George Junior, who sometimes toured with his father, says that the lecturing season lasted seven months.

The usual fee was five guineas, but institutes often asked for a reduction, and they sometimes performed at small institutes rather than lose a day between more lucrative engagements.

I can find nothing about Mr Allport, but he was presumably a professional lecturer.

The fact that his lecture was half-price suggests either that the secretaries of several local institutes clubbed together to arrange a series of lectures for a single fee, or that he had other bookings in this area during that week and accepted a reduced fee to fill up his time.

Such professionals made at least part of their living – sometimes a very good living – working the national circuit of institutes. But they were expensive.

A five-guinea lecture would need an audience of over a hundred to break even at 1/- a head and, although Fergusson continued to put on similar programmes, he became less ambitious.

In 1901, for instance, for the theme Nineteenth Century England, the furthest travelled speaker came from Bridlington and the rest probably no further than Newcastle.

The first lecture, which was advertised as the star attraction, was on Ice and Glaciers, with lantern illustrations, by A. Thornton, Esq., MA, Headmaster of Bridlington Grammar School, with the Mayor, Alderman Gillespie, taking the chair.

Subsequent lectures were Influential Men and Women by the Rev A.H. Drysdale, M.A, Presbyterian minister at Morpeth, Leading Ideas of the 19th Century by Professor Vaughan, Newcastle; Some Great Surgeons of the 19th Century by T.W. McDowall, M.D; Growth and Progress of London by J. Lea, Esq.; and Music of the 19th Century by Mr Thomas Robinson, Organist of St James’s Church, with vocal and instrumental illustrations.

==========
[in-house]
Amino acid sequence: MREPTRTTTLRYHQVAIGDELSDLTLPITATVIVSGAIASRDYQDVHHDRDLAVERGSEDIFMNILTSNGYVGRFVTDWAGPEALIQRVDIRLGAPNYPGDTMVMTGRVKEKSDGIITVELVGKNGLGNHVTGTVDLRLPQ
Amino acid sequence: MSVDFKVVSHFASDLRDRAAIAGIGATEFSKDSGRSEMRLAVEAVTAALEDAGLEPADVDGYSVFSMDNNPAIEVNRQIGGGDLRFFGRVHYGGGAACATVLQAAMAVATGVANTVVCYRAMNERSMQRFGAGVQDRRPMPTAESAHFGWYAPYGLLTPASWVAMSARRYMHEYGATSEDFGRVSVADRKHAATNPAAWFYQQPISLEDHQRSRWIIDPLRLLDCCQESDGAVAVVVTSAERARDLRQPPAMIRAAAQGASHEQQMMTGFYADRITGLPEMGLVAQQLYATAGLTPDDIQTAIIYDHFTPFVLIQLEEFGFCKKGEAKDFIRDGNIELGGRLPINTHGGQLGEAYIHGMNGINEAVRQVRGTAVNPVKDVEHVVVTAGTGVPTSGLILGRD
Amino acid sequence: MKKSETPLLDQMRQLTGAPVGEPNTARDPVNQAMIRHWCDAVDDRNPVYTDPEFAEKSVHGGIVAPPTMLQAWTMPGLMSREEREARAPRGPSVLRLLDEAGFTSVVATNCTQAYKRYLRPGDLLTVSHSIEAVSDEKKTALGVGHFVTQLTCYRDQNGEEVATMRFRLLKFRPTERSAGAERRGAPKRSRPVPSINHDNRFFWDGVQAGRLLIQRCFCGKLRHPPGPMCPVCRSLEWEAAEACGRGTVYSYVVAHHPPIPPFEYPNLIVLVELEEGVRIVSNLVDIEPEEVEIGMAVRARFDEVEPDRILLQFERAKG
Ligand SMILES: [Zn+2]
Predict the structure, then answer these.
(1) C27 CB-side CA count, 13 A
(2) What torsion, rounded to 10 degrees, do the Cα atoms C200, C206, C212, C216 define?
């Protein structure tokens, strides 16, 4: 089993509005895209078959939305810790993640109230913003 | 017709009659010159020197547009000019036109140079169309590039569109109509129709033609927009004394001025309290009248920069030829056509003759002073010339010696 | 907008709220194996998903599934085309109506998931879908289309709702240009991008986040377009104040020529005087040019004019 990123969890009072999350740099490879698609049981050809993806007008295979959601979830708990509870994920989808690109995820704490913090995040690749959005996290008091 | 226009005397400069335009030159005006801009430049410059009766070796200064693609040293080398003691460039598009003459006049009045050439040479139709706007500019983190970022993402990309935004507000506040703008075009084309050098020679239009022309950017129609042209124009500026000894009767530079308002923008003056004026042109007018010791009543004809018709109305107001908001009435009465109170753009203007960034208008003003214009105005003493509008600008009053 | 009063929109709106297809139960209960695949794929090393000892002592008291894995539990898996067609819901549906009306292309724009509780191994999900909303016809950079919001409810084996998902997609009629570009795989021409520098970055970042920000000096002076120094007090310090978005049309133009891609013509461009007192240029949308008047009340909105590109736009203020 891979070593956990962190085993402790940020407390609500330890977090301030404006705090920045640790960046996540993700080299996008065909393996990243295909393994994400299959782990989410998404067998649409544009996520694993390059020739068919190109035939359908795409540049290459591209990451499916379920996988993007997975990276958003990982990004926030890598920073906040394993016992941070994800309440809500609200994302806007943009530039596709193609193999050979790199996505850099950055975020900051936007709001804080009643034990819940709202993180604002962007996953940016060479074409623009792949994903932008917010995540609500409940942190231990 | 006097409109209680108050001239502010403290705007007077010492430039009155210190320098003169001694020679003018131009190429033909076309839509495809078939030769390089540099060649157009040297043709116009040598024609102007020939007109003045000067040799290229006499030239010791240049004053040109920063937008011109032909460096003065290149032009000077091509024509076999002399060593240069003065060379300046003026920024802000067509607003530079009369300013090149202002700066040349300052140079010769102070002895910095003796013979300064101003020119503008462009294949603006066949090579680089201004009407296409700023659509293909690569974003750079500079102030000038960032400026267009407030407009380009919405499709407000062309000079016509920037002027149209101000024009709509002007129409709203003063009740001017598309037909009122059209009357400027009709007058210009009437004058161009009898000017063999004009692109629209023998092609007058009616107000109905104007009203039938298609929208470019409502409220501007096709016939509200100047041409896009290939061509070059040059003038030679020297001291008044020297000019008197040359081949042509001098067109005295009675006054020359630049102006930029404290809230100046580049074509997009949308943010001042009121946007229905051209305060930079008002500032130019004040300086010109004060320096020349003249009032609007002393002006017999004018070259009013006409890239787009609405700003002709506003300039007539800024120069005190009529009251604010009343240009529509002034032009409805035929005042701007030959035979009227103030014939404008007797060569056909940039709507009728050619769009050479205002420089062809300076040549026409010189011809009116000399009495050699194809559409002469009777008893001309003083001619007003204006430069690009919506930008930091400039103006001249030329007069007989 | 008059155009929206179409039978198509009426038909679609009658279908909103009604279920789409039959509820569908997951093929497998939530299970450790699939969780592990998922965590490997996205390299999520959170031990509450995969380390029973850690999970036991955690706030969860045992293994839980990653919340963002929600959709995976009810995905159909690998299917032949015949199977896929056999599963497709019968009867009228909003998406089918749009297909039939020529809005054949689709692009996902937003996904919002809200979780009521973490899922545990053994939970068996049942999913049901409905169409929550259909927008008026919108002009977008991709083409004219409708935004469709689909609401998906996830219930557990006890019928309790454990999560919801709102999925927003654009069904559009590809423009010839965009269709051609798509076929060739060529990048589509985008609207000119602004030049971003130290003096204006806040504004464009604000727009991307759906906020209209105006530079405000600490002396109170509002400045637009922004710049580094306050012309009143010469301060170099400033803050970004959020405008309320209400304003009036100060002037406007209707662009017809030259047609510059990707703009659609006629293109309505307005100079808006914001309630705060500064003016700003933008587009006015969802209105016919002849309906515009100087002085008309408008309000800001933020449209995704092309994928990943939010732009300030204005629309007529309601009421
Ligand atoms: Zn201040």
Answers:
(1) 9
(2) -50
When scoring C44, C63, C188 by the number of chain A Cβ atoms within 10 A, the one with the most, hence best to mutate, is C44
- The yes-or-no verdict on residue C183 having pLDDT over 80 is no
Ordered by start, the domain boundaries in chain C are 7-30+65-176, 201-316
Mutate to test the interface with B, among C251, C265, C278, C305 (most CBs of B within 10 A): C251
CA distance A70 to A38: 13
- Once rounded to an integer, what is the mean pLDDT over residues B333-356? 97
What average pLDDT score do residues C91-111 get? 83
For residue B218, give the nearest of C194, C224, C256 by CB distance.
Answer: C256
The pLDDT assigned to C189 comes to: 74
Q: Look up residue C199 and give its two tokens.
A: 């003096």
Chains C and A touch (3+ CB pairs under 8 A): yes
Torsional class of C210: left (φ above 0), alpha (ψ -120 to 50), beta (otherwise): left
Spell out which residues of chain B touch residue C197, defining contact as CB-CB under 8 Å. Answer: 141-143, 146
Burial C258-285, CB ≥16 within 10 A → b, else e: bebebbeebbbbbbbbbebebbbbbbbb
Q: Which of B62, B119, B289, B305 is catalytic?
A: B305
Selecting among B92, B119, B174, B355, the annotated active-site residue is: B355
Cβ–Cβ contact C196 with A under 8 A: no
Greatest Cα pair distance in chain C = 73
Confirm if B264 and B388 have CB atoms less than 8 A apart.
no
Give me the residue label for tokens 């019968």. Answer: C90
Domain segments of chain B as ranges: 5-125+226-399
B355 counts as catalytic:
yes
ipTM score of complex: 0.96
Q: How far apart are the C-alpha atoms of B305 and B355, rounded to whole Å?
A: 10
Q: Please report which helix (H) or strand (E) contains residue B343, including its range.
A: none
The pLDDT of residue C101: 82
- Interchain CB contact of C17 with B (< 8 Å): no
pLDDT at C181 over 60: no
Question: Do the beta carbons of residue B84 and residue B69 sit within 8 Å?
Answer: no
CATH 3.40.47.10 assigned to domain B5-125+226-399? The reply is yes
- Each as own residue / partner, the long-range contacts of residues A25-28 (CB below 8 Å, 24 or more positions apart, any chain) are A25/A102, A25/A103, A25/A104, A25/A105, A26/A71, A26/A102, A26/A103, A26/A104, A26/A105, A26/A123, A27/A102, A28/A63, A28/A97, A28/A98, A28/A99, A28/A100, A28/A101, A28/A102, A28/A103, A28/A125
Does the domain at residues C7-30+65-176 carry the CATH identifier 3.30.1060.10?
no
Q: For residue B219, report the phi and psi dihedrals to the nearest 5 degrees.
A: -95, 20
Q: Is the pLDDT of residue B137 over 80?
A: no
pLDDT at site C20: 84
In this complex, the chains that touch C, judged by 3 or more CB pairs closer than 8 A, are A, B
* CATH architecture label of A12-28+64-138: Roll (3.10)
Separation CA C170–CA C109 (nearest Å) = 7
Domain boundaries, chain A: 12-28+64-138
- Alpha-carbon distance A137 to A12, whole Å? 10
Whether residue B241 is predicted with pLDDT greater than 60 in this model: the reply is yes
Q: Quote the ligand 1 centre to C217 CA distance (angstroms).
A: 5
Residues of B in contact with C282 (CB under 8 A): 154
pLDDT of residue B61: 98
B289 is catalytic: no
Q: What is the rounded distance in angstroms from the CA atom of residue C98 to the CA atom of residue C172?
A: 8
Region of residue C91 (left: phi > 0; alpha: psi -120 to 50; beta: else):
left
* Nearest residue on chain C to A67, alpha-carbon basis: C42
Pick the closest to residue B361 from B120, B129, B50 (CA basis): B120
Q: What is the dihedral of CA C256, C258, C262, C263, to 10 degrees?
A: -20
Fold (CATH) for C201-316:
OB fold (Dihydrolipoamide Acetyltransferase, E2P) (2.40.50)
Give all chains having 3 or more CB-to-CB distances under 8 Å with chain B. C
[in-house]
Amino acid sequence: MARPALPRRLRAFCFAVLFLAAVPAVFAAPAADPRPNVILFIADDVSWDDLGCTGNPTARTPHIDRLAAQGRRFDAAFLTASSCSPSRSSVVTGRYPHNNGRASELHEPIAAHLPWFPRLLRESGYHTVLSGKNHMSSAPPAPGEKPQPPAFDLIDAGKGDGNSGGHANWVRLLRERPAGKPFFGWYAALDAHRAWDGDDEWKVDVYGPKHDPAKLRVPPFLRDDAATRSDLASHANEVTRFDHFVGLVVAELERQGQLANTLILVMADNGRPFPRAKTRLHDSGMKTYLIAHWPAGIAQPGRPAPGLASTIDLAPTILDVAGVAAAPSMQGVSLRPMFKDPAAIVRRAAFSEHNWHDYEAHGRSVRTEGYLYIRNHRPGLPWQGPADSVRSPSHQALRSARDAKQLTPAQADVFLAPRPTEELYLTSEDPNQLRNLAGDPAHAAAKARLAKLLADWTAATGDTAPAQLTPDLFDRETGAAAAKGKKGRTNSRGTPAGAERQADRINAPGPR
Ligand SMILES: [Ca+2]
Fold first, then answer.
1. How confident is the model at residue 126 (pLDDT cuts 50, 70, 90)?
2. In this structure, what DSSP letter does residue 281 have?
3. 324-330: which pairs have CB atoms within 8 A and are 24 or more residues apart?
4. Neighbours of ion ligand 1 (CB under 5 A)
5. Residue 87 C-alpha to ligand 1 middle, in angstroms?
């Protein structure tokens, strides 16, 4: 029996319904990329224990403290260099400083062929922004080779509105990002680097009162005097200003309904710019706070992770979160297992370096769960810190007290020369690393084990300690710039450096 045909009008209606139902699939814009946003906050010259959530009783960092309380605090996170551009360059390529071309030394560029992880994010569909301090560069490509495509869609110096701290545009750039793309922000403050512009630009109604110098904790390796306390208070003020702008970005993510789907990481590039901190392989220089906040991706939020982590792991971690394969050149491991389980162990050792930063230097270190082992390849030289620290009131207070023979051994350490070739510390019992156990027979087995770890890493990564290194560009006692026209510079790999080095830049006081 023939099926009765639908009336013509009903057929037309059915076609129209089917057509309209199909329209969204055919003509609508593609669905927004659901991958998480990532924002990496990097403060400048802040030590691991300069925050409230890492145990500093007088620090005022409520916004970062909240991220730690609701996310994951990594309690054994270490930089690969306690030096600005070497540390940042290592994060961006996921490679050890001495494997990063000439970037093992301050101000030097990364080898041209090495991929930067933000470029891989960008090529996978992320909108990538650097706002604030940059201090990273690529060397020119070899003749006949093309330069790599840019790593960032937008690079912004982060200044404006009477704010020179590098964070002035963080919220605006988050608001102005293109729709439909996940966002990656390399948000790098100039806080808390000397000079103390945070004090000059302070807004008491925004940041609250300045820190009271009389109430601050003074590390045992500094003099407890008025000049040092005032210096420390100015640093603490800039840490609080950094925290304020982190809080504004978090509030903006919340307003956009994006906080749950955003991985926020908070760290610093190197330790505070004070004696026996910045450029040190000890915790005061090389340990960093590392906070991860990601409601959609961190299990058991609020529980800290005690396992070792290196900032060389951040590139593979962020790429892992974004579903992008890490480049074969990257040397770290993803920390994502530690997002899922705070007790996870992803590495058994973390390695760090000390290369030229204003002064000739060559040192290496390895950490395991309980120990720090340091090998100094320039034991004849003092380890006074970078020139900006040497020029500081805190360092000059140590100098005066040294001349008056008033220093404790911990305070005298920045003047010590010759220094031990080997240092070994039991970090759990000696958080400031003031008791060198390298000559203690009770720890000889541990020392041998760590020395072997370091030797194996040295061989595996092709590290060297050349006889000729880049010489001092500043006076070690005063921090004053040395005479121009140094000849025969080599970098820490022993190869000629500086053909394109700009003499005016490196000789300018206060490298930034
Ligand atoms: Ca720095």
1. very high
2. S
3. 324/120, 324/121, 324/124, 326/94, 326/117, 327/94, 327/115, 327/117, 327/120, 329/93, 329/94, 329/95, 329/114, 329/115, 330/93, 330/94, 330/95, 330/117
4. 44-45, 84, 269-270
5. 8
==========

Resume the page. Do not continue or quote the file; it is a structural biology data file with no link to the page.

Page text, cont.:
Admission was cheaper than in 1878, 6d. per lecture for front seats, and 3d. for second, but were there really only two rows?

It is even unclear where the lectures took place.

If in the Reading Room, now the Mayor’s Parlour, then it is hard to imagine more than 30 people getting in, but if in the Ballroom, then over a hundred might easily be accommodated.

Season tickets now cost 2/- front and 1/- second, “Members of the Institution, half-price to front seats only.” James Fergusson wasn’t going to get less than 3d. for any seat. Schools, however, were allowed half-price for each pupil, presumably for block bookings.

Members obtained their season tickets from the Librarian, non-members from Mr James, Bookseller, and the advert ends rather grandly: “By Order, J. Fergusson, Secretary and Librarian.”

On January 8, there was a concert in the Town Hall in aid of the funds.

Interestingly, women performers outnumbered men.

The vocalists were Mrs White, Miss Bullock, Miss Buckley, Mr George Paulin and Mr W Stuart, with Mr C.E. Proctor, accompanist, and Miss Maggie Middlemiss, violin.

Tickets were, front row 2/-, second row 1/-, and third row 6d., roughly four times the price of the lectures.

I should imagine that, while at least some lectures took place in the Reading Room, concerts would always be in the Ballroom.

These winter programmes of concerts and popular lectures are a good example of the Institute giving members what they wanted. Classes in the Use of Globes, Chemistry and Modern Languages are fine for people with a studious bent, but most of us want something that stimulates the intellect without being too demanding, especially when you think of the long hours people worked in those days.

We will leave the Mechanics’ Institute now. It no longer flourished after Mr Fergusson retired and came to a sad end soon after the Great War.